The fact that a U.S. governor was so actively promoting a single religion’s event was disturbing from the beginning, but it has gotten more and more out of hand as extremist pastors signed on to sponsor and speak.  It’s one thing for a legislator to be open about his or her faith, but quite another to openly back a radical evangelical prayer event as the answer to America’s political crises.  It’s offensive to non-believers, but also to people of different faiths, other Christians, and all the people who are affected by the hatred that emerges from many of these pastors’ mouths.  What will it take for Perry to realize that backing such an event is unacceptable?  And are we really still talking about this man as a serious contender for the Republican presidential nomination?

Photo from Gage Skidmore via flickr.


Mary T.
Mary T.3 years ago

some of the most religious people have no faith

Bill Reese
Bill Reese4 years ago

For people that do not believe in God, sure are intent on making those that do believe, give up their belief. Now, that is strange as if one does not believe in someone or thing why would you Care or is that Care2 idealology?

Jean P.
Jean Potts4 years ago

Pam-- don't get your abortions on my dime or your contraceptions on my dime and pass some mandate to do it....EiTHER

Jean P.
Jean Potts4 years ago

Carol - Fascism has come to America in the form of Obama and his executive decisions that he makes without the governing body of the U.S. Congress and Senate knowledge -- think back room deals and behind closed doors decisions in the middle of the night -- and buried 'surprises' in 2,500 pages of Obamacare Don't look for fascism any further.. The Trojan Horse is in the gates.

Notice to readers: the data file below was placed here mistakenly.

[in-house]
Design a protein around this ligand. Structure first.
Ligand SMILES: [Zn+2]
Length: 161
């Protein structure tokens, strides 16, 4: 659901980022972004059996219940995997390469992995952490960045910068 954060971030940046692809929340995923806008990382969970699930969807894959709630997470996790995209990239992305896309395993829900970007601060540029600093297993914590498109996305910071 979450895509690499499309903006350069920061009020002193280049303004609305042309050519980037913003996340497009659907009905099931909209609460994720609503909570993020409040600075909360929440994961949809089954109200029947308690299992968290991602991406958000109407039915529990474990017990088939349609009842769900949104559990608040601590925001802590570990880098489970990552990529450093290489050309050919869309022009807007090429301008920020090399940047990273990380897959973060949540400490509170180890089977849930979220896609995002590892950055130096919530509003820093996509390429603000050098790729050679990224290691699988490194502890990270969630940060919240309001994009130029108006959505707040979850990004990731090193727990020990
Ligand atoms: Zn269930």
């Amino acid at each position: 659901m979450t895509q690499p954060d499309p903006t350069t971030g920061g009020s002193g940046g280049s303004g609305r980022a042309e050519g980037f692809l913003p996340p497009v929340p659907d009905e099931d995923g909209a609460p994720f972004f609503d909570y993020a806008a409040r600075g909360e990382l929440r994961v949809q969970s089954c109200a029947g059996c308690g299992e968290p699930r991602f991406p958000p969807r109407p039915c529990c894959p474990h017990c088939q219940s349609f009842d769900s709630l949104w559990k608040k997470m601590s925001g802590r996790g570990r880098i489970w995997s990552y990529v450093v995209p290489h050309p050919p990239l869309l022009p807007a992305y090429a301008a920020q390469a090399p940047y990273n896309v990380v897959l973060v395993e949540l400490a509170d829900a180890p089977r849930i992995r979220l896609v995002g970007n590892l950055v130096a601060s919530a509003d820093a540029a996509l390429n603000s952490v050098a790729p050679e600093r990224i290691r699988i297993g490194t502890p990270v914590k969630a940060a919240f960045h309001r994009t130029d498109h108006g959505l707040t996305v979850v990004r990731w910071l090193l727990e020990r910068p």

Jean P.
Jean Potts4 years ago

Care2 doesn't scare me... Their bias is so blatant that I get a charge out of contradicting their frantic attempt to 'liberalize the world'.. Have you EVER seen a petition that supported anything but their agenda-- and making it seem like the sky is falling? Rick Perry can go anywhere he wants and pray with anyone he wants and I love the fact that the atheist care-- because they hear of him praying.. Who knows.. maybe the 'seed' the Bible talks about is 'planted' in that atheist heart.. Remember Madelyn Murray O'Hair's own son?---- yep a born again Christian.

Glenn Byrnes
Glenn Byrnes4 years ago

He has every right to go there. He is just one man, not the government.

Songbird No Messages Plea
.5 years ago

The more I read here the more Care 2 scares me. To speak about God and Jesus in such a manner is unbelieveable. You don't have to believe but you will one day soon, I won't laugh for its not funny for this really makes me sad to think people really are this heart harden. So if any of you are on my friends list and don't like what I say or believe then please do remove your self, For I sure don't want some one who says that I would kill Jesus again is really off or out there. I'm really thinking about leaving for real now, Obama is bad enough but this group here wow does not even touch it.

Jerry t.
Jerold t.5 years ago

Dick Perry: Is that an obscene fencing maneuver?

Carol B.
Carol B.5 years ago

Sinclair Lewis said it best when he said, "When fascism comes to America it will be wrapped in the flag and carrying a cross". The religious right wing is incredibly fascist and is making frightening inroads on taking over our government--the fact that Perry and Bachmann are running for President is very sobering. God help us if one of them should win because these religious nuts are like the Taliban in that they will stop at nothing to try to coerce everyone else to abide by their extremist beliefs. If you doubt this, need I remind you that it is Christian radicals that bomb family planning clinics and kill doctors who perform abortions.

pam w.
pam w.5 years ago

Yes...Linda, if you NEED to pray, by all means....go for it. Just don't do it on my dime, so to speak and do NOT encourage our elected leaders to mandate it for you.